Chair of the AHA Eastern States Board outlines budget requests to Gov. Cuomo

David Ping

David Ping, chair of the Eastern States Board of the American Heart Association, and Hudson Valley resident, sent the following letter to Gov. Andrew Cuomo at the end of October, stressing how important the funding of public health programs is to all New Yorkers.



October 29, 2020

The Honorable Andrew M. Cuomo

Governor of New York State

NYS State Capitol Building

Albany, NY 12224


Dear Governor Cuomo,

You know more than most that COVID-19 has thrust public health into the forefront of every New Yorker’s mind. The American Heart Association is redoubling its efforts to improve the health of all Americans – especially where inequities occur – and respectfully urge you to make the health of each New Yorker a priority in your FY 2021-2022 Executive Budget. In your regular COVID briefings, you have also addressed the budget deficit. We suggest the following policies that are an added source of revenue for the state, and are critically important to the health and wellbeing of all New Yorkers.

Increase Tobacco Taxes:

An increase in the State’s tobacco taxes, specifically a $1.00 cigarette tax increase and the establishment of tax parity for other tobacco products including e-cigarettes, cigars, and smokeless tobacco products, is an incredibly effective tobacco control measure. Tobacco use remains the leading preventable cause of death and a significant contributing factor to heart disease and stroke, our nation’s number one, and number five causes, respectively, of mortality. An estimated 23,000[1] deaths every year are attributed to smoking in New York.

It’s been 10 years since we raised taxes on these deadly products, and in that time, flavored tobacco has become an epidemic. A significant increase in tobacco taxes will have a positive impact on the number of people, especially youth, who smoke. Youth, lower-income adults, and pregnant women are extremely price sensitive, so a higher price goes far in helping them quit or, better yet, preventing them from starting a deadly addiction. The projected health benefits of increasing the cigarette tax by $1.00 per pack in New Yok include[2]:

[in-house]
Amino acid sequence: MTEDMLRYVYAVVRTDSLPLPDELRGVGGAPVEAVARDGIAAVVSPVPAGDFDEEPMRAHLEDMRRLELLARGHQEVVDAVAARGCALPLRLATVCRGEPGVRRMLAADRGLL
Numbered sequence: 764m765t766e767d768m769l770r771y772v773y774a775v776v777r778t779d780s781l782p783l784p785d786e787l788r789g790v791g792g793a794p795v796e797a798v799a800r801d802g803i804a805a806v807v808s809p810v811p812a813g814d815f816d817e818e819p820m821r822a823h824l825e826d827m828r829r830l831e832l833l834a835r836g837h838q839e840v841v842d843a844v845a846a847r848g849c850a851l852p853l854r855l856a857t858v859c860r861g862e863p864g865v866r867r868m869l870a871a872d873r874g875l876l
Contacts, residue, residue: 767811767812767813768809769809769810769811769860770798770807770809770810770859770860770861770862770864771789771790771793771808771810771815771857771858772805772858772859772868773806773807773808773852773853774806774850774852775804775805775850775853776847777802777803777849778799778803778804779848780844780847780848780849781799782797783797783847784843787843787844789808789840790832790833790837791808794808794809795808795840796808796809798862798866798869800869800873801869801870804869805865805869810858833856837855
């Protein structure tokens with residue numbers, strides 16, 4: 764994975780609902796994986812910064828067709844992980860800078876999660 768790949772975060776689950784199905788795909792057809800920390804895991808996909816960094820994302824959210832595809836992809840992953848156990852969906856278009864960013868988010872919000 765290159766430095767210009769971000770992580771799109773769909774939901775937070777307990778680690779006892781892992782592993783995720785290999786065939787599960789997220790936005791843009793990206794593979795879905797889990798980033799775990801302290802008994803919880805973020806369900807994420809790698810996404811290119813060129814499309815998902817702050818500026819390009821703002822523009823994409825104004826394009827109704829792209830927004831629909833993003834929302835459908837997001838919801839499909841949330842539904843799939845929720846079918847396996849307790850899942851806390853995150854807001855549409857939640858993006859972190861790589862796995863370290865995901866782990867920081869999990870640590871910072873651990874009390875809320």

• Youth under age 18 kept from becoming adult smokers: 29,500
  • Reduction in young adult (18-24 years old) smokers: 6,500
  • Current adult smokers who would quit: 61,800
  • Premature smoking-caused deaths prevented: 24,400
  • 5-year reduction in the number of smoking-affected pregnancies and births: 6,000

As an added benefit, a $1.00 cigarette tax increase would bring in $30.40 million in new annual revenue. Moreover, the projected savings in from a $1,00 per pack tax increase includes[3]:

  • 5-year health care cost savings from fewer smoking-caused lung cancer cases: $12.05 million
  • 5-year Medicaid program savings for the state: $46.11 million
  • Long-term health care cost savings from adult & youth smoking declines: $1.86 billion

The State can expect even more financial benefits as these figures do not account for the additional revenue and savings that would come from increasing the tax on other tobacco products. By establishing tax parity with the $1.00 cigarette tax increase, we will ensure youth don’t start or continue their addiction by switching to a cheaper product.

Maintain Adequate Funding for the Tobacco Control Program:

To provide the needed tools to New Yorkers who want to quit, the State must continue funding the Tobacco Control Program at least at its current amount of $36 million.

The Tobacco Control Program is so effective because it funds community-based initiatives that help educate community members about the dangers of tobacco, helps to keep kids from starting smoking, and runs the Quit Line. During this pandemic, tobacco control measures are urgently needed. Tobacco use is a significant contributing factor to cardiovascular diseases, including hypertension. Patients with existing cardiovascular disease or its risk factors may be at higher risk for serious complications from COVID-19, including death[4] and smokers are at risk for more serious, even life-threatening cases.

Establish a Tiered Excise Tax on Sugar Sweetened Beverages:

Existing chronic diseases stemming from an unhealthy diet do not impact all New Yorkers equally. Obesity is a significant risk factor for a number of chronic diseases including heart disease, certain cancers, and diabetes. The health disparities that exist between different communities can be linked to consumption of sugary drinks and the disproportionate marketing done by the sugary drink industry. As sugary drinks are the primary sources of added sugar in our diets, a tiered sugary drink tax would be an effective public health policy tool that can reduce consumption of sugary drinks, and thus improve health and overall well-being. Reducing sugary drink consumption will ultimately reduce chronic disease rates—helping people live longer and healthier lives, reduce health care costs for families and businesses, and strengthen our local, state, and national economy.

Among NY adults, the obesity rate is 27.6% and 14.4% among youth, both of which have been relatively stagnant, indicating that more needs to be done. When looking at the breakdown of obesity by race, the numbers show a disparity: 25.7% white, 34.1% African American, and 29.4% Latinx.  Roughly 1,634,000, or 10.5% of the adult population has been diagnosed with diabetes, and 29.4% have hypertension.

Research proves that price has a big impact on what consumers purchase, which of course impacts consumption. A tiered tax on sugary drinks would generate tax revenue, lower health care costs (New York spends roughly $11 billion every year on obesity-related diseases) and prevent cardiovascular disease events and diabetes cases. Studies show it can generate the largest health gains and cost savings. Encouraging water consumption instead of sugar-laden drinks is a straightforward approach to this problem. As consumers are incredibly price sensitive, especially youth, a nominal price increase on sugary drinks in the form of a tax can save both lives, and money. The breakdown of the tax would be 3 tiers, based on the amount of sugar per oz.: